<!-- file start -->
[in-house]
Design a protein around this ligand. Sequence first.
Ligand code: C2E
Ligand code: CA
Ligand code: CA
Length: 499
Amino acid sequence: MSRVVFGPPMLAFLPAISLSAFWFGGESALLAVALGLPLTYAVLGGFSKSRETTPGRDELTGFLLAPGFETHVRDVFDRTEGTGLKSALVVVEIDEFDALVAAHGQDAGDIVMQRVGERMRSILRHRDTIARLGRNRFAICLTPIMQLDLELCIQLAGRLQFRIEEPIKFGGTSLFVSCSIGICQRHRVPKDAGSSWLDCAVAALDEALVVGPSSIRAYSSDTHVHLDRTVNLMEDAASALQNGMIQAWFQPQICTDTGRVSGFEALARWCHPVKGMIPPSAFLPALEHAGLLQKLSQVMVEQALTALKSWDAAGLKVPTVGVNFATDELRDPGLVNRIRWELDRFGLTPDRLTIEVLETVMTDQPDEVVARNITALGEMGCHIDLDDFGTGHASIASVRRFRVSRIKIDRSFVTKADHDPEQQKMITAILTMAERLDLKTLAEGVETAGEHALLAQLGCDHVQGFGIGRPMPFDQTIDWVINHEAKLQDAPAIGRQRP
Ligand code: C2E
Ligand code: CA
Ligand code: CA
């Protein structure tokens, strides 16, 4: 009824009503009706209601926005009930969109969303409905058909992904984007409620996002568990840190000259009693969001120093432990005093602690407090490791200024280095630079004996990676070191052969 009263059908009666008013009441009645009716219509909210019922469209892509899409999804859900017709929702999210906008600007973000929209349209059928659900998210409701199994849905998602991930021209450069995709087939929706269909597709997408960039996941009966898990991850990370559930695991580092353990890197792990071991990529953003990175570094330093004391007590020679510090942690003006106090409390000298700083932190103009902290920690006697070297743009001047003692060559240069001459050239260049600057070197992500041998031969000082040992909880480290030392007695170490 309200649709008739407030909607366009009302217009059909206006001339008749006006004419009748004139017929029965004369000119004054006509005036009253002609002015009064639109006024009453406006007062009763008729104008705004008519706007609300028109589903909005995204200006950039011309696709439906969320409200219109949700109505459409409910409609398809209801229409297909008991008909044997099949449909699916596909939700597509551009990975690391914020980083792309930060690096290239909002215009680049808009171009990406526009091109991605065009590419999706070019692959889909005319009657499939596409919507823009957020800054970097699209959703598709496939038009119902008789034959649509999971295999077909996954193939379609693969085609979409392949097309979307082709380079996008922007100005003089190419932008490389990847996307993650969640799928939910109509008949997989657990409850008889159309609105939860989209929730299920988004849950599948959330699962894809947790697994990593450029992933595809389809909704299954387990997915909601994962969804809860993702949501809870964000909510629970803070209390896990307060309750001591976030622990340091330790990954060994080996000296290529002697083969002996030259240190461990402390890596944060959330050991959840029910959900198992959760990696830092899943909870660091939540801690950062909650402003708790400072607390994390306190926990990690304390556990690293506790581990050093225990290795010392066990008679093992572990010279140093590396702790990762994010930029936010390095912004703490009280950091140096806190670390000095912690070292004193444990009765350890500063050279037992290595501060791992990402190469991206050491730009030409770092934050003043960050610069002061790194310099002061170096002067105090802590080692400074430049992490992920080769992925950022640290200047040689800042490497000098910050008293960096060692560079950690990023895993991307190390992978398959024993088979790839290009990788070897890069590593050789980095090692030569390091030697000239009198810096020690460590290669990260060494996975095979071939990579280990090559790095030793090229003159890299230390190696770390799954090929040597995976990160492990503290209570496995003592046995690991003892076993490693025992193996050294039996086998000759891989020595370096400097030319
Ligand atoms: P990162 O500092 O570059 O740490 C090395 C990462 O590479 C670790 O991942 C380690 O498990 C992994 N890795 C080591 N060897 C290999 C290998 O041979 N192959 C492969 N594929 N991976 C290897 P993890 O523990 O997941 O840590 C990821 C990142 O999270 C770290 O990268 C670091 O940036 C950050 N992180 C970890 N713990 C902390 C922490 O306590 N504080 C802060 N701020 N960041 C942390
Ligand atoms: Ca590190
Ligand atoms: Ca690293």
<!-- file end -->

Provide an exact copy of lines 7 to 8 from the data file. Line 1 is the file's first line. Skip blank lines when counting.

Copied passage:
Amino acid sequence: MSRVVFGPPMLAFLPAISLSAFWFGGESALLAVALGLPLTYAVLGGFSKSRETTPGRDELTGFLLAPGFETHVRDVFDRTEGTGLKSALVVVEIDEFDALVAAHGQDAGDIVMQRVGERMRSILRHRDTIARLGRNRFAICLTPIMQLDLELCIQLAGRLQFRIEEPIKFGGTSLFVSCSIGICQRHRVPKDAGSSWLDCAVAALDEALVVGPSSIRAYSSDTHVHLDRTVNLMEDAASALQNGMIQAWFQPQICTDTGRVSGFEALARWCHPVKGMIPPSAFLPALEHAGLLQKLSQVMVEQALTALKSWDAAGLKVPTVGVNFATDELRDPGLVNRIRWELDRFGLTPDRLTIEVLETVMTDQPDEVVARNITALGEMGCHIDLDDFGTGHASIASVRRFRVSRIKIDRSFVTKADHDPEQQKMITAILTMAERLDLKTLAEGVETAGEHALLAQLGCDHVQGFGIGRPMPFDQTIDWVINHEAKLQDAPAIGRQRP
Ligand code: C2E